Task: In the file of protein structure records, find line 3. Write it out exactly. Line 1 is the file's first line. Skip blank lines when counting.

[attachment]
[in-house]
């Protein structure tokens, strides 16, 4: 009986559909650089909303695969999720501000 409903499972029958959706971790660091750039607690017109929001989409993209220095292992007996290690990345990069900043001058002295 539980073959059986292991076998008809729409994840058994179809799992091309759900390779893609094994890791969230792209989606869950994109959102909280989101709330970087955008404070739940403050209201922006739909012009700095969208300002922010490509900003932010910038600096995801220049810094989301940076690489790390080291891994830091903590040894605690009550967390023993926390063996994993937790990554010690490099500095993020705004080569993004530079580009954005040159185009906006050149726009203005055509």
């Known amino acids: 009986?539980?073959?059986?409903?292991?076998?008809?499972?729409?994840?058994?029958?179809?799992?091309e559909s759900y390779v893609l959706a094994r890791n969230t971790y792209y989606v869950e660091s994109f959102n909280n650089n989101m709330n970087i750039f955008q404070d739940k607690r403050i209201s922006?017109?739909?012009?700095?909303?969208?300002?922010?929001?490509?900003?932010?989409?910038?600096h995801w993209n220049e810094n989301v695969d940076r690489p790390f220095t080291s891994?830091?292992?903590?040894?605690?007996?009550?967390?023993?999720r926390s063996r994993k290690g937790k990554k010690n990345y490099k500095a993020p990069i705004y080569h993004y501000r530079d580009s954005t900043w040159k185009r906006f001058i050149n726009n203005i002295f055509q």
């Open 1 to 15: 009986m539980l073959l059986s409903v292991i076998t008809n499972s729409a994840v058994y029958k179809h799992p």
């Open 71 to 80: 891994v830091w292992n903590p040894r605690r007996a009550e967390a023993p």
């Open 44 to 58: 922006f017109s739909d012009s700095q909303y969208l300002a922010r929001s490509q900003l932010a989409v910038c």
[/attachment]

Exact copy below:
């Known amino acids: 009986?539980?073959?059986?409903?292991?076998?008809?499972?729409?994840?058994?029958?179809?799992?091309e559909s759900y390779v893609l959706a094994r890791n969230t971790y792209y989606v869950e660091s994109f959102n909280n650089n989101m709330n970087i750039f955008q404070d739940k607690r403050i209201s922006?017109?739909?012009?700095?909303?969208?300002?922010?929001?490509?900003?932010?989409?910038?600096h995801w993209n220049e810094n989301v695969d940076r690489p790390f220095t080291s891994?830091?292992?903590?040894?605690?007996?009550?967390?023993?999720r926390s063996r994993k290690g937790k990554k010690n990345y490099k500095a993020p990069i705004y080569h993004y501000r530079d580009s954005t900043w040159k185009r906006f001058i050149n726009n203005i002295f055509q």